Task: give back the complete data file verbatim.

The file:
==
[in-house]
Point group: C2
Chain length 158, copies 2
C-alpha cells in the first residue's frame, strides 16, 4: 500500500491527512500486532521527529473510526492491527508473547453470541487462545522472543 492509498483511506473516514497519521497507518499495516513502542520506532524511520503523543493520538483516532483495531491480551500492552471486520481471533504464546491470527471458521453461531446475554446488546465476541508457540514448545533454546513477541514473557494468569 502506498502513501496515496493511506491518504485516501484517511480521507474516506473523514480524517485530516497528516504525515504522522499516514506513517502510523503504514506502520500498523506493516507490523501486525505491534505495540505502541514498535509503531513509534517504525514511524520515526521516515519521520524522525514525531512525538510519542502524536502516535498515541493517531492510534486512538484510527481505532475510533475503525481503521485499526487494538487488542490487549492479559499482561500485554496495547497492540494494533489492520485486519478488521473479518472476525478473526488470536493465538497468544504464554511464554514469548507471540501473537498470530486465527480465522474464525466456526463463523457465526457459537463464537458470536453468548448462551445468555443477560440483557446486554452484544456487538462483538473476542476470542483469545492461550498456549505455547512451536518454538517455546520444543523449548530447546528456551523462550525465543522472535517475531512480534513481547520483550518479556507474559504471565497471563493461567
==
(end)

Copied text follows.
[in-house]
Point group: C2
Chain length 158, copies 2
C-alpha cells in the first residue's frame, strides 16, 4: 500500500491527512500486532521527529473510526492491527508473547453470541487462545522472543 492509498483511506473516514497519521497507518499495516513502542520506532524511520503523543493520538483516532483495531491480551500492552471486520481471533504464546491470527471458521453461531446475554446488546465476541508457540514448545533454546513477541514473557494468569 502506498502513501496515496493511506491518504485516501484517511480521507474516506473523514480524517485530516497528516504525515504522522499516514506513517502510523503504514506502520500498523506493516507490523501486525505491534505495540505502541514498535509503531513509534517504525514511524520515526521516515519521520524522525514525531512525538510519542502524536502516535498515541493517531492510534486512538484510527481505532475510533475503525481503521485499526487494538487488542490487549492479559499482561500485554496495547497492540494494533489492520485486519478488521473479518472476525478473526488470536493465538497468544504464554511464554514469548507471540501473537498470530486465527480465522474464525466456526463463523457465526457459537463464537458470536453468548448462551445468555443477560440483557446486554452484544456487538462483538473476542476470542483469545492461550498456549505455547512451536518454538517455546520444543523449548530447546528456551523462550525465543522472535517475531512480534513481547520483550518479556507474559504471565497471563493461567